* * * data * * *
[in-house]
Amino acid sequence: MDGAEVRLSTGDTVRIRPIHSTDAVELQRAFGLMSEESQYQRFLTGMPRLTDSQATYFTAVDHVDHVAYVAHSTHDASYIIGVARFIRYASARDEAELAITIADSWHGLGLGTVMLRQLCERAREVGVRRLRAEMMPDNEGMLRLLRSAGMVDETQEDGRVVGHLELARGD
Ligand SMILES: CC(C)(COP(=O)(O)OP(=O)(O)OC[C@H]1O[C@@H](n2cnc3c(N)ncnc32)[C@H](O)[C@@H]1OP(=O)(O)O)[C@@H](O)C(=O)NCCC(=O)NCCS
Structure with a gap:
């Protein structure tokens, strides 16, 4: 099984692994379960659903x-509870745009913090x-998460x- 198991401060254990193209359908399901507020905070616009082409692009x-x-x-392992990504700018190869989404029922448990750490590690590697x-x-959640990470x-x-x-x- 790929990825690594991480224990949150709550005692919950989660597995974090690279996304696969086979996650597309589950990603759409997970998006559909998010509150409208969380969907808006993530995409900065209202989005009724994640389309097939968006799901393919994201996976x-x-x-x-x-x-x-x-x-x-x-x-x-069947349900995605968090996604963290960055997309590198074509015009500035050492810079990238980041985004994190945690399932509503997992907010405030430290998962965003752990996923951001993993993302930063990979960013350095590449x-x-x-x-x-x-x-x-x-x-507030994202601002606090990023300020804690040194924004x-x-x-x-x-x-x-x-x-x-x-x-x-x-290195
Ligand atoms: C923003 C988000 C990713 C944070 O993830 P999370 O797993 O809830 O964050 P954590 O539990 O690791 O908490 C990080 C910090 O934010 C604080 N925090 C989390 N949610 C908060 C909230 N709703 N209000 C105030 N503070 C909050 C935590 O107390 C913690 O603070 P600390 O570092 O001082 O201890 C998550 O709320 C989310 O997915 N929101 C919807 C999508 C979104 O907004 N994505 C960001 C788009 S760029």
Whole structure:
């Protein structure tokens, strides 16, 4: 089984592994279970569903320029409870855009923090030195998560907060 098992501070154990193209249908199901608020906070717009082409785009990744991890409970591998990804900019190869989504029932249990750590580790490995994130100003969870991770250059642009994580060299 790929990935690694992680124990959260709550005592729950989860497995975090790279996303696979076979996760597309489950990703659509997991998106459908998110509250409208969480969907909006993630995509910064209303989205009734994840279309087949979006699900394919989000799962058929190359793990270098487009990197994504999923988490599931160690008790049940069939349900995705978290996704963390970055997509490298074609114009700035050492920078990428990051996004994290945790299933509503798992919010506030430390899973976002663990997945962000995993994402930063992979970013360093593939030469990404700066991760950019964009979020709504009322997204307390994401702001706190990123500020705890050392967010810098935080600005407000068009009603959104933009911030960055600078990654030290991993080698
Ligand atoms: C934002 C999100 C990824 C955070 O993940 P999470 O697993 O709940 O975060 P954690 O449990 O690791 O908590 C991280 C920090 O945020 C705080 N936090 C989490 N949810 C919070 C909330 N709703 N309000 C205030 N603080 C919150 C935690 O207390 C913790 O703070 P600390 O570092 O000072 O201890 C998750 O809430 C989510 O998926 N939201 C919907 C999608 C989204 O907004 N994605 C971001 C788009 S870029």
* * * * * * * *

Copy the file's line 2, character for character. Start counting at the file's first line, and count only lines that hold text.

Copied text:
Amino acid sequence: MDGAEVRLSTGDTVRIRPIHSTDAVELQRAFGLMSEESQYQRFLTGMPRLTDSQATYFTAVDHVDHVAYVAHSTHDASYIIGVARFIRYASARDEAELAITIADSWHGLGLGTVMLRQLCERAREVGVRRLRAEMMPDNEGMLRLLRSAGMVDETQEDGRVVGHLELARGD